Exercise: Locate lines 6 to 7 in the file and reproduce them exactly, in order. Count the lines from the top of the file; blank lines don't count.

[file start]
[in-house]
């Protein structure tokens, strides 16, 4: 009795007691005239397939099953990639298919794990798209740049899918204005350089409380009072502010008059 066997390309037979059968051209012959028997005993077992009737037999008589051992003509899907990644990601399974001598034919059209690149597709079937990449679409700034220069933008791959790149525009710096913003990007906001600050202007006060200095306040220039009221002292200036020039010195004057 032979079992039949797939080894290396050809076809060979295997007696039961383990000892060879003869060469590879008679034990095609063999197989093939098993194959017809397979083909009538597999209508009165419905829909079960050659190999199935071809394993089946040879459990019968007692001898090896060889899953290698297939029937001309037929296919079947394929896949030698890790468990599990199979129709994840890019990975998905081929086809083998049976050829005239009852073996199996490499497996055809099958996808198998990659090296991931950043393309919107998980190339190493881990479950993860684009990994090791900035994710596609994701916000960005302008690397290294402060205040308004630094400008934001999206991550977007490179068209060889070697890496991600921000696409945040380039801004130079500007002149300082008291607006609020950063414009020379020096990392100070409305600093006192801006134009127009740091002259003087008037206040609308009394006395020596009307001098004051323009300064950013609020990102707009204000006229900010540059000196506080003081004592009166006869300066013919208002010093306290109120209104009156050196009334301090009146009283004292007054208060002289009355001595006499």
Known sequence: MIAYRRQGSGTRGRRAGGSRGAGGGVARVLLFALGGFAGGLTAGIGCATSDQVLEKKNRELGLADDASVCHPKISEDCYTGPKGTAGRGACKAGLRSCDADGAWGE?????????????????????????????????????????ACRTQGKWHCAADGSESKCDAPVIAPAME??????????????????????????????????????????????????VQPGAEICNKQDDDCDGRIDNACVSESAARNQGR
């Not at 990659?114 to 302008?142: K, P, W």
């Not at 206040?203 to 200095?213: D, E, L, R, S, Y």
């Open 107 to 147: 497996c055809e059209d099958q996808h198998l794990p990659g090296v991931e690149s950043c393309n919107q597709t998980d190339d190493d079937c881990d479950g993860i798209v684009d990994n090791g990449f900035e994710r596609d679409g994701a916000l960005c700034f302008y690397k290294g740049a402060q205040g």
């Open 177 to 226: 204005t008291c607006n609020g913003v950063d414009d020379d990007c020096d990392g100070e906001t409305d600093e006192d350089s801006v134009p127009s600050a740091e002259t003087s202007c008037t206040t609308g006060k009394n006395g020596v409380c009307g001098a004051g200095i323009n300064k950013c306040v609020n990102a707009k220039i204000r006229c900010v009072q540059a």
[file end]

């Open 107 to 147: 497996c055809e059209d099958q996808h198998l794990p990659g090296v991931e690149s950043c393309n919107q597709t998980d190339d190493d079937c881990d479950g993860i798209v684009d990994n090791g990449f900035e994710r596609d679409g994701a916000l960005c700034f302008y690397k290294g740049a402060q205040g």
């Open 177 to 226: 204005t008291c607006n609020g913003v950063d414009d020379d990007c020096d990392g100070e906001t409305d600093e006192d350089s801006v134009p127009s600050a740091e002259t003087s202007c008037t206040t609308g006060k009394n006395g020596v409380c009307g001098a004051g200095i323009n300064k950013c306040v609020n990102a707009k220039i204000r006229c900010v009072q540059a």